Prior to the first event, the hospital was primarily relying on a single risk-reduction strategy—nurse vigilance—to prevent line mix-ups. However, a single strategy, particularly one as weak as human vigilance, is rarely enough to prevent errors. Instead, ISMP has long recommended layering numerous high-leverage risk-reduction strategies to create a more robust safety system. 

David Marx, a culture and system reliability expert, likens the relative safety of a system to a dice game—with each dice representing a risk-reduction strategy in the layer of the safety net.1 Rolling a snake eye (one) represents failure; rolling anything else represents success. The more dice you roll, the less the risk of getting all snake eyes, and the safer the system will be due to the simple power of math. The problem is, safety systems are often one-dice games. As in the initial error described above, the nurse was only one unlucky roll of the dice away from making an error. And, as noted by Marx, “in no place is the single dice more deadly than that of healthcare….”1 Roll a single dice, and harm is only a single failure away. But design the safety system to be 3, 4, or 5 dice away from harm, and you can vastly improve safety.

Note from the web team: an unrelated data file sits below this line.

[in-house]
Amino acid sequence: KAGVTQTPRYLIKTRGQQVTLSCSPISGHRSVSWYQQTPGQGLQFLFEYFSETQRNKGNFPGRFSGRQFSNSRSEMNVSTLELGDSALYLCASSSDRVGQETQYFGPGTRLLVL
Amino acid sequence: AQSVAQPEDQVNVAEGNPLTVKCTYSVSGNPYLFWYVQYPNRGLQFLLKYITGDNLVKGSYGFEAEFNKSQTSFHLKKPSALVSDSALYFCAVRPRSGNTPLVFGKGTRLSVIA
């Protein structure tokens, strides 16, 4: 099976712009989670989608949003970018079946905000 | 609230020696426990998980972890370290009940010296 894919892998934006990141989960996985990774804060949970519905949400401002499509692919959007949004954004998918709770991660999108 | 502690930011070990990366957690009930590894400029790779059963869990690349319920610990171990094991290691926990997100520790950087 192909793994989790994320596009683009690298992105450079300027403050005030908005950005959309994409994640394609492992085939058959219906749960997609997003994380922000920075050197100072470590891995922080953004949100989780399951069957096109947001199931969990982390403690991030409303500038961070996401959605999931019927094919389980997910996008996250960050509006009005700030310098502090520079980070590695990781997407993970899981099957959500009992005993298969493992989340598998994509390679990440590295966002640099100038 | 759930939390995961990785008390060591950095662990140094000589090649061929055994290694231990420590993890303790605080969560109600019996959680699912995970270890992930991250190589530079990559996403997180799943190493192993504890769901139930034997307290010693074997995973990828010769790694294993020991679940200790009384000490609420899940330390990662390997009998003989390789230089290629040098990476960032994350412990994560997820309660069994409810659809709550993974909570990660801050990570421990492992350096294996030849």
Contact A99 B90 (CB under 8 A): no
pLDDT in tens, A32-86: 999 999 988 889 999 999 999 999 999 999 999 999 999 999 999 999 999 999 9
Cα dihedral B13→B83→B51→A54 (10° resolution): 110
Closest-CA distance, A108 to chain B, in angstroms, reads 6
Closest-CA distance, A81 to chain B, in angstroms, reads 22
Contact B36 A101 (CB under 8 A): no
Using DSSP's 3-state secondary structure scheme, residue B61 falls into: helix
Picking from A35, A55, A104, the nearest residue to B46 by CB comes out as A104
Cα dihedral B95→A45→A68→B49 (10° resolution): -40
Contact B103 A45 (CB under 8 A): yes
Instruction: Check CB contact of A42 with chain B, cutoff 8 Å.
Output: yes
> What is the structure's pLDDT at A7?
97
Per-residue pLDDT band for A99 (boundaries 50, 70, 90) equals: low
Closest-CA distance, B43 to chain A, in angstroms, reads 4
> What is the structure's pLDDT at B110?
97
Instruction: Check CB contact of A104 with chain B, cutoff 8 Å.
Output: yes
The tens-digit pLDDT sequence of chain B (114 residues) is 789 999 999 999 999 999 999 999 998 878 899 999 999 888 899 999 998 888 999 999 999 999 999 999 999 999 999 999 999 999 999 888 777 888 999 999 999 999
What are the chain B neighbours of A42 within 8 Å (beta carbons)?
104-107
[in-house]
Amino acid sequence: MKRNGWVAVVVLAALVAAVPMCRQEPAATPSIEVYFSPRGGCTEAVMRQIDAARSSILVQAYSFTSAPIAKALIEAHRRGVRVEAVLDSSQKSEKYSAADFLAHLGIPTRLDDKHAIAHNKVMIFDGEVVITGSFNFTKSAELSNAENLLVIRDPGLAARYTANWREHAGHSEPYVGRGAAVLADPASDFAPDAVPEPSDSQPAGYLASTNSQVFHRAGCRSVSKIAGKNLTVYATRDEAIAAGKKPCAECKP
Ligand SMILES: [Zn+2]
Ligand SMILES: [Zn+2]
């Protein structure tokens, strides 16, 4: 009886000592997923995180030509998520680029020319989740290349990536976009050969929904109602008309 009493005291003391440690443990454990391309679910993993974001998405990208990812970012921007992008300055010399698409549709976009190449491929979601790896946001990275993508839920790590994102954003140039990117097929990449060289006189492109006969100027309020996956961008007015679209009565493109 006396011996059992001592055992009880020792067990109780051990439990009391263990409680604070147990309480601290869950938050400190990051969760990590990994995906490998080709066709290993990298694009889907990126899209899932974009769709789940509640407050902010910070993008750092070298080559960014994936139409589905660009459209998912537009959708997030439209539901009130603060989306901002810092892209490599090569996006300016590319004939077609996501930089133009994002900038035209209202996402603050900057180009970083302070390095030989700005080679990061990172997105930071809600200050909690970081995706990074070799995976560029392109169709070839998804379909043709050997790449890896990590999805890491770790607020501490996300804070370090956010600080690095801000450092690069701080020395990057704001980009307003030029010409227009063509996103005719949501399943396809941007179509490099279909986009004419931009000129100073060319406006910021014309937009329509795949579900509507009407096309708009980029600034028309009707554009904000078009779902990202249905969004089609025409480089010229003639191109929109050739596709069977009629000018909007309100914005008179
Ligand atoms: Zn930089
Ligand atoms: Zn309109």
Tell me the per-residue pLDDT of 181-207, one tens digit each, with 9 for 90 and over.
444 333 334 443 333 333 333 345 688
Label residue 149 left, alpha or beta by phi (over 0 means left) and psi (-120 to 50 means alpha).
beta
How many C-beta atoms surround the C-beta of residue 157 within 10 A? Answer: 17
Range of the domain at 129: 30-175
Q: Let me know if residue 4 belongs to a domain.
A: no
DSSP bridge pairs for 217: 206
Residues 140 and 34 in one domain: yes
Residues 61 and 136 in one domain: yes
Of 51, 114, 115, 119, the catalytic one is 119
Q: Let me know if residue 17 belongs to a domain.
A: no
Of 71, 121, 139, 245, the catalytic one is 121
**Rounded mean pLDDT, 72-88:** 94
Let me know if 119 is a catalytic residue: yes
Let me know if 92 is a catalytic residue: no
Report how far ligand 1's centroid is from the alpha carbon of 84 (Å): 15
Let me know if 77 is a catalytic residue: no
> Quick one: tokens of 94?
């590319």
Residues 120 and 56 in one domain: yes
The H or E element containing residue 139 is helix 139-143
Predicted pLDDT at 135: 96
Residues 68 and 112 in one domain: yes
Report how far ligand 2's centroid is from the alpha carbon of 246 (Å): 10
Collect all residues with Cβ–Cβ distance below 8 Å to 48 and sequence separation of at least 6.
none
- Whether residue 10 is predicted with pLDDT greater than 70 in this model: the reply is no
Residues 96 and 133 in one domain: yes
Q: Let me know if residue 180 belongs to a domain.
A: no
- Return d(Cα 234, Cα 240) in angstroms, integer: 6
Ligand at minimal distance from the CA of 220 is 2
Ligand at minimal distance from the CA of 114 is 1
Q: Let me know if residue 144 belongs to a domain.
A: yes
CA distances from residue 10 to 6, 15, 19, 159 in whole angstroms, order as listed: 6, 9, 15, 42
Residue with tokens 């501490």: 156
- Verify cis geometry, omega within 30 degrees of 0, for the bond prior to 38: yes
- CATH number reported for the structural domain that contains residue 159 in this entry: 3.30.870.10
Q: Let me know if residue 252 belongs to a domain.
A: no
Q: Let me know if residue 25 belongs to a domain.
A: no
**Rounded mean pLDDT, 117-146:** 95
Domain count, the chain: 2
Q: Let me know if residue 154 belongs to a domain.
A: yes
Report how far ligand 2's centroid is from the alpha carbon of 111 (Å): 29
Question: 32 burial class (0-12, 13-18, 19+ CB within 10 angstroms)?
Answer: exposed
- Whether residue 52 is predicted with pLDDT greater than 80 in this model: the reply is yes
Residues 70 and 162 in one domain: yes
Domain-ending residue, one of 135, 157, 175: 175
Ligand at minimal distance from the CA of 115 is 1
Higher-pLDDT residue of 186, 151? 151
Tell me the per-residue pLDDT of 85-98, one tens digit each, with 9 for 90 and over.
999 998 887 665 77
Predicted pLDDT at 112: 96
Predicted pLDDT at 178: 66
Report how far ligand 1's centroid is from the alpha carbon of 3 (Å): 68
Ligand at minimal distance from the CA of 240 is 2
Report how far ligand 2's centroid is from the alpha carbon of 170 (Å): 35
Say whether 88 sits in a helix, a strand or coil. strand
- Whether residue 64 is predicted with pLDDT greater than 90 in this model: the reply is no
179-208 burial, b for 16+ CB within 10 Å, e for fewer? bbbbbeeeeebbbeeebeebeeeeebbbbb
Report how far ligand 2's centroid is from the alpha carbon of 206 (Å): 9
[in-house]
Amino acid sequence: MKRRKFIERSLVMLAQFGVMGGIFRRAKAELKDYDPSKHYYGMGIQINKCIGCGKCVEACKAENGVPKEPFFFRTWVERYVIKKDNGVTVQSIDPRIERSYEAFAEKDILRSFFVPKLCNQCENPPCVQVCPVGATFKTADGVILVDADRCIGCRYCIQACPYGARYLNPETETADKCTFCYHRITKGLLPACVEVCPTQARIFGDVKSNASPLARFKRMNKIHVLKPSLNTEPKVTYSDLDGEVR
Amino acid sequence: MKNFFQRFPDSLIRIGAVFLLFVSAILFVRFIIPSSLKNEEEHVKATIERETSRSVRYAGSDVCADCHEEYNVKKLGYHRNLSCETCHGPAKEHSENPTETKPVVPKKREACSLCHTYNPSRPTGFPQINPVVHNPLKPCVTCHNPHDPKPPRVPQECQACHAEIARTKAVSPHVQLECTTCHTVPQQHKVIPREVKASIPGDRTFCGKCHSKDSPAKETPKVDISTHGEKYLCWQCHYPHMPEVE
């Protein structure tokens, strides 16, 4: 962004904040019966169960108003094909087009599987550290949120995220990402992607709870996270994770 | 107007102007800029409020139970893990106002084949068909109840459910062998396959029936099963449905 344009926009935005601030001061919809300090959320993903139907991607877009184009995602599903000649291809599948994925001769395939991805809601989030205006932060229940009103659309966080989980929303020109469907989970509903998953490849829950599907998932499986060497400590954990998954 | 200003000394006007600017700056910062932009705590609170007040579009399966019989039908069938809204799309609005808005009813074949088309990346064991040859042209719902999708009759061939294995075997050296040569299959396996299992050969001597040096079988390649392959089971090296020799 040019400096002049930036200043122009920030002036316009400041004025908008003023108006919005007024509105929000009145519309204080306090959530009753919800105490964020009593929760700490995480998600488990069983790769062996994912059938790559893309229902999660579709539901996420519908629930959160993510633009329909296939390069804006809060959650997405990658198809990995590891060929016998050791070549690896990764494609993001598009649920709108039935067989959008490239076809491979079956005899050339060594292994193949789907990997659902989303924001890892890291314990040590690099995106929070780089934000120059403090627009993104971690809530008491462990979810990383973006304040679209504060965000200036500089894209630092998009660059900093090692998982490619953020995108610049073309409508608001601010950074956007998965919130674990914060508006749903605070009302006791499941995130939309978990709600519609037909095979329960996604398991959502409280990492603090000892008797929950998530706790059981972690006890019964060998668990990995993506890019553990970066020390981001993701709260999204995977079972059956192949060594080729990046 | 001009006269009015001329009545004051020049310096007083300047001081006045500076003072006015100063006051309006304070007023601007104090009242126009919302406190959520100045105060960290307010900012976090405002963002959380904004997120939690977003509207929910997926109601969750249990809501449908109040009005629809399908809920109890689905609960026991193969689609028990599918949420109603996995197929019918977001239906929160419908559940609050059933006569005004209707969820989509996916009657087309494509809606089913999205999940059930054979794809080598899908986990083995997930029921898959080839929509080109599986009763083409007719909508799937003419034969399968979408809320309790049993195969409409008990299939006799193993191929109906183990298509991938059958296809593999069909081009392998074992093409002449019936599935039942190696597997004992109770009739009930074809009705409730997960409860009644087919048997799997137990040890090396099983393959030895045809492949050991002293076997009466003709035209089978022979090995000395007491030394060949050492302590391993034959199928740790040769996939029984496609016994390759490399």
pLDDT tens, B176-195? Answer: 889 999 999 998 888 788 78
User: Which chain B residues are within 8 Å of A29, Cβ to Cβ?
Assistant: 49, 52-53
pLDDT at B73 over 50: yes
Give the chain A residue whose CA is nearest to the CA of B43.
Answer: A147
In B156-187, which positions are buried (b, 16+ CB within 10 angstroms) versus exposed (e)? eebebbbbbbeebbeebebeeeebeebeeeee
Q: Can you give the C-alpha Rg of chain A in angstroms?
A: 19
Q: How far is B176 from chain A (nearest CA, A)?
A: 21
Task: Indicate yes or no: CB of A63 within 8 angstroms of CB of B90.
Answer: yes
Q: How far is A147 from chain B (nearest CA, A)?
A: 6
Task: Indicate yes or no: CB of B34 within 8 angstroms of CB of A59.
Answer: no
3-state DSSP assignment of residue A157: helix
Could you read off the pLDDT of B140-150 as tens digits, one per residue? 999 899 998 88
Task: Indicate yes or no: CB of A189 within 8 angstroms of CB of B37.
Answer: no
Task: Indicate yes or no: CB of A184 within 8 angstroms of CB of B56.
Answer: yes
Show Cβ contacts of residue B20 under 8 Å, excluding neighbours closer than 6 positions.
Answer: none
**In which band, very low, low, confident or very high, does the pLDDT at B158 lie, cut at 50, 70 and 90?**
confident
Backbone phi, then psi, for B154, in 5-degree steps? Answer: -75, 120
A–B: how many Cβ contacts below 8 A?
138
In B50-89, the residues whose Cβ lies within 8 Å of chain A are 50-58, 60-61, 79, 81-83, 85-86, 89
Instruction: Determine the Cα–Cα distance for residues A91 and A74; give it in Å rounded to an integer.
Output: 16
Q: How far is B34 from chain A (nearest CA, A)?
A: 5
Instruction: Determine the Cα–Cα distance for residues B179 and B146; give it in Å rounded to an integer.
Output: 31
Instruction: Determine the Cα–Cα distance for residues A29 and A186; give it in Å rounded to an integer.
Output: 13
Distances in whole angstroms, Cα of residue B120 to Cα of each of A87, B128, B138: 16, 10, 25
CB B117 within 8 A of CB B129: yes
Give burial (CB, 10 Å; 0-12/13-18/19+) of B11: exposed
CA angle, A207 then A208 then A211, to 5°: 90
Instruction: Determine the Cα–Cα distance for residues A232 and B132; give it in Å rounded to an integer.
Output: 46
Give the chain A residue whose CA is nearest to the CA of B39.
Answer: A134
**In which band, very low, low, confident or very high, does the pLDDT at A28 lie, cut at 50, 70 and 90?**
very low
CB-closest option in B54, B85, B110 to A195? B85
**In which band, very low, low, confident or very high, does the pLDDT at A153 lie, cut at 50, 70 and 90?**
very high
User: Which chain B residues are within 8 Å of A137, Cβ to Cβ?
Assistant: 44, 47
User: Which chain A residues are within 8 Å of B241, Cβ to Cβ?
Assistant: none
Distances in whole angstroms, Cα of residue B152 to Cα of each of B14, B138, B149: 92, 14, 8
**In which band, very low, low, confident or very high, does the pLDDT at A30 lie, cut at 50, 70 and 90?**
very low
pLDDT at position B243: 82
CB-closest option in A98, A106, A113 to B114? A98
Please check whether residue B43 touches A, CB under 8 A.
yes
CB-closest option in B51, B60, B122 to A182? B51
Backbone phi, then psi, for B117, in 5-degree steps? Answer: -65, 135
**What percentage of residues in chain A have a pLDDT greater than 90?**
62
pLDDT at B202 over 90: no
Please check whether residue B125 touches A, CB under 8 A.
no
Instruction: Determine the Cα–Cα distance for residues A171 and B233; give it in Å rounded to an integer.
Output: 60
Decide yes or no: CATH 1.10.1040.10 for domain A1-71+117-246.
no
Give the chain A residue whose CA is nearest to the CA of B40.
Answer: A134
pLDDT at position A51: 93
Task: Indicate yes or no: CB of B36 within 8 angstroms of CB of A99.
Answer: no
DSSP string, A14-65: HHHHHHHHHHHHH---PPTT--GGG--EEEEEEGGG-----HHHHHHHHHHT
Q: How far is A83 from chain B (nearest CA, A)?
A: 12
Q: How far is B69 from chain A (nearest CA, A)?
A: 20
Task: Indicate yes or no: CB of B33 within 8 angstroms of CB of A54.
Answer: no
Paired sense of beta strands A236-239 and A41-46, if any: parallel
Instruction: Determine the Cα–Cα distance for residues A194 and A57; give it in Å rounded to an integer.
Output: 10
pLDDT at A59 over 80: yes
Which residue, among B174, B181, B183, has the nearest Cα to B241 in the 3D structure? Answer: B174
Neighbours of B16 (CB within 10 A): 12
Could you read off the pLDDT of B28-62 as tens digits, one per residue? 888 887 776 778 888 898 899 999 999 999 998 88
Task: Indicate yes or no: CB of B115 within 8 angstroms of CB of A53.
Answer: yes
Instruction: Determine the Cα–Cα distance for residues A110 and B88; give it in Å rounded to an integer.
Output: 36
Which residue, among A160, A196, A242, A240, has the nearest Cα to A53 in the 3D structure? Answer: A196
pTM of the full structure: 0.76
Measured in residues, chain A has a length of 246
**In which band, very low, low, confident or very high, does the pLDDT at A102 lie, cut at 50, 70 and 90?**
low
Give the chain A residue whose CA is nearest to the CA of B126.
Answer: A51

Misstep #2 Strategies that will not prevent similar errors

After the first event, the hospital established an action plan. Two of the planned strategies, if fully and effectively implemented, have the potential to reduce the risk of IV line mix-ups: labeling the lines and tracing the lines from the patient to the medication when changing bags or starting infusions. However, it is less likely that the third strategy—scanning the bags at the bedside—has the potential to reduce IV line mix-ups given that integration of the hospital’s smart infusion pumps with the electronic health record (EHR) had not been implemented. In the absence of interoperable systems, barcode scanning immediately prior to administration can help ensure that the correct patient and medication are selected, but the right medication for the right patient can still be attached to the wrong IV infusion set, access site or port, or infusion pump, leading to the same type of line mix-up. The scanning process only helps ensure that the correct medication is in hand, not that it has been connected properly.